The drive towards delivering low energy buildings in recent years has provided designers with another challenge – achieving thermal comfort levels in an unpredictable environment due to climate change.
Draughty buildings along with energy demanding mechanical cooling and ventilation systems meant that overheating in many buildings could previously have been avoided, but not anymore, as recent revisions to recognised industry guidance demand a more onerous approach to designing buildings that don’t overheat.
We use advanced modelling techniques within the IES Virtual Environment software to predict indoor thermal comfort levels against the following industry guidance:
- CIBSE TM52 (predominantly non-domestic)
- CIBSE TM59 (Residential)
- Building Bulletin 101 (Educational buildings)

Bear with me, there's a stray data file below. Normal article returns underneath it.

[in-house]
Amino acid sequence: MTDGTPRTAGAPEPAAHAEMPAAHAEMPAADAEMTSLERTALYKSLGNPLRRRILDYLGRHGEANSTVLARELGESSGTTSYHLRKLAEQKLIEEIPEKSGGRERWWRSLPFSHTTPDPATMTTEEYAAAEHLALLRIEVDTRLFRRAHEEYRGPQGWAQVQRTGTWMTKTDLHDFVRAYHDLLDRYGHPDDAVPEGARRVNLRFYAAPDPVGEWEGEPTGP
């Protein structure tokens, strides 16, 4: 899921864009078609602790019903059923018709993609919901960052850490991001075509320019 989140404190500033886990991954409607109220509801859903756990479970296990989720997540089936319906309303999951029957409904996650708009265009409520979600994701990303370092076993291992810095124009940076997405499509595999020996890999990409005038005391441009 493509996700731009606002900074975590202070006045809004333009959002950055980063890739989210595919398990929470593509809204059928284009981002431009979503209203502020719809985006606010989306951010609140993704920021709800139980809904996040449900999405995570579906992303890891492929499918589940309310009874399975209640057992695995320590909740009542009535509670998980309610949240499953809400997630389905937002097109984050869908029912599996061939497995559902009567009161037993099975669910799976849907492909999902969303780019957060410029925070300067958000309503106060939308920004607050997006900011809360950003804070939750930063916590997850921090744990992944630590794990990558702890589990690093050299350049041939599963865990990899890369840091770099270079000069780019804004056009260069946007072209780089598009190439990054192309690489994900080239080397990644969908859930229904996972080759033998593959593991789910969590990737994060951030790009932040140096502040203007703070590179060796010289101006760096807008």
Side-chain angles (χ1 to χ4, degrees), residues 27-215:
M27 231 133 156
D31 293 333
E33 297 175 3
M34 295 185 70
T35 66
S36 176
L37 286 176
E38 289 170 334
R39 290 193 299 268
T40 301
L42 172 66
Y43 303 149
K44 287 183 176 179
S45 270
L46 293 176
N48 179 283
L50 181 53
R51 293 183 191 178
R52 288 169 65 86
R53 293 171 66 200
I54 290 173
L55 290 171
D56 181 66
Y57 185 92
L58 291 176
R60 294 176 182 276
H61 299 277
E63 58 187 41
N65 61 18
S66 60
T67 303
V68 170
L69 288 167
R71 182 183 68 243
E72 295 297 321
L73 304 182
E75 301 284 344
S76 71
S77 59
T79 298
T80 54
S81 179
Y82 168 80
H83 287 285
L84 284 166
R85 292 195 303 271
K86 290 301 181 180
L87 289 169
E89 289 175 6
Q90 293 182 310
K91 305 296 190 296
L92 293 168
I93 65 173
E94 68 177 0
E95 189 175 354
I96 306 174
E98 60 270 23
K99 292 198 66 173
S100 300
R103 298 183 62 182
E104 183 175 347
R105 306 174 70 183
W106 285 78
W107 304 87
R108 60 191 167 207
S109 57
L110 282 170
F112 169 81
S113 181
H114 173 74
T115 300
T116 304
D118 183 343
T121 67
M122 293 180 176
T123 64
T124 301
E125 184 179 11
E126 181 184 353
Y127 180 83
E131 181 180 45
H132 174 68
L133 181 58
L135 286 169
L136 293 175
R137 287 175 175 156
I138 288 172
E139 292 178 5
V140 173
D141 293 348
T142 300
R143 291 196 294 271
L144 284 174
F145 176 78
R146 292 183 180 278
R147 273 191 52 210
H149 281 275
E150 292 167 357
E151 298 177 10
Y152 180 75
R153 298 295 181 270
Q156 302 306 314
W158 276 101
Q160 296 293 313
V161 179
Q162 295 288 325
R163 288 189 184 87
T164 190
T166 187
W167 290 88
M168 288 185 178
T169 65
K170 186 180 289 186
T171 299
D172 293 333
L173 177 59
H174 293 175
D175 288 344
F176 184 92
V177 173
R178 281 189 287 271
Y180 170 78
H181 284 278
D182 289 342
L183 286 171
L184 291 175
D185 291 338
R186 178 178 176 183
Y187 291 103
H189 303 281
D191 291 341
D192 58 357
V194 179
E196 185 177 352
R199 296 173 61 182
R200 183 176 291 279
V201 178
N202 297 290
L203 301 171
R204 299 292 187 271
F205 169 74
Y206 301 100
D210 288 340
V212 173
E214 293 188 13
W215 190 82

- BREEAM Hea 04 Thermal Comfort
Where spaces are identified to be at risk of overheating we will recommend preventative measures and assess their impact until a compliant solution is achieved.
Passive preventative measures (e.g. solar shading, natural ventilation etc.) will always be considered before a mechanical solution, to avoid increasing energy usage, CO2 emissions and costs to your building. Regardless, we can then assess the impact of any measures on the overall building performance to ensure it still complies with your project energy and CO2 emissions targets.
Indoor air quality can also be improved by limiting the indoor carbon dioxide levels that can typically build up due to respiration from occupants. We can calculate predicted CO2 concentrations against CIBSE and Building Bulletin 101 recommendations.